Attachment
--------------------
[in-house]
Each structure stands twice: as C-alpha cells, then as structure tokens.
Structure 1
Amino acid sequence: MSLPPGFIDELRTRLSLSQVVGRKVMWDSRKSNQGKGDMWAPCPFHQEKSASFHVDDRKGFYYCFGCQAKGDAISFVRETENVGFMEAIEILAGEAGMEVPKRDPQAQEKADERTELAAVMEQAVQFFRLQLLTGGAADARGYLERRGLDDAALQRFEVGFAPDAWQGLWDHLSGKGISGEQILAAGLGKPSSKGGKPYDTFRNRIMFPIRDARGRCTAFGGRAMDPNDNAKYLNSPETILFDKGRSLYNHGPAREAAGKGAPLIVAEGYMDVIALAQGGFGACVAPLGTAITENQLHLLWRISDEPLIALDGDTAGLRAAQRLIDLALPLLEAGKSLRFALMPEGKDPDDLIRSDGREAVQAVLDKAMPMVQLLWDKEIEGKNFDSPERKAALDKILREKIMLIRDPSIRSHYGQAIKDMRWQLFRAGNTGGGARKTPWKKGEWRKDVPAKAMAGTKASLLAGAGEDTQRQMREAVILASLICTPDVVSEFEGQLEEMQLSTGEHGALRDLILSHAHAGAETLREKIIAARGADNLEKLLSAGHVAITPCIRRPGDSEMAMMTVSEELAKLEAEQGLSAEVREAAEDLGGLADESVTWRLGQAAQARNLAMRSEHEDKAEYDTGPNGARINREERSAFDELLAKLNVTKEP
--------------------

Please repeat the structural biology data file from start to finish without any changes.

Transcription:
[in-house]
Each structure stands twice: as C-alpha cells, then as structure tokens.
Structure 1
Amino acid sequence: MSLPPGFIDELRTRLSLSQVVGRKVMWDSRKSNQGKGDMWAPCPFHQEKSASFHVDDRKGFYYCFGCQAKGDAISFVRETENVGFMEAIEILAGEAGMEVPKRDPQAQEKADERTELAAVMEQAVQFFRLQLLTGGAADARGYLERRGLDDAALQRFEVGFAPDAWQGLWDHLSGKGISGEQILAAGLGKPSSKGGKPYDTFRNRIMFPIRDARGRCTAFGGRAMDPNDNAKYLNSPETILFDKGRSLYNHGPAREAAGKGAPLIVAEGYMDVIALAQGGFGACVAPLGTAITENQLHLLWRISDEPLIALDGDTAGLRAAQRLIDLALPLLEAGKSLRFALMPEGKDPDDLIRSDGREAVQAVLDKAMPMVQLLWDKEIEGKNFDSPERKAALDKILREKIMLIRDPSIRSHYGQAIKDMRWQLFRAGNTGGGARKTPWKKGEWRKDVPAKAMAGTKASLLAGAGEDTQRQMREAVILASLICTPDVVSEFEGQLEEMQLSTGEHGALRDLILSHAHAGAETLREKIIAARGADNLEKLLSAGHVAITPCIRRPGDSEMAMMTVSEELAKLEAEQGLSAEVREAAEDLGGLADESVTWRLGQAAQARNLAMRSEHEDKAEYDTGPNGARINREERSAFDELLAKLNVTKEP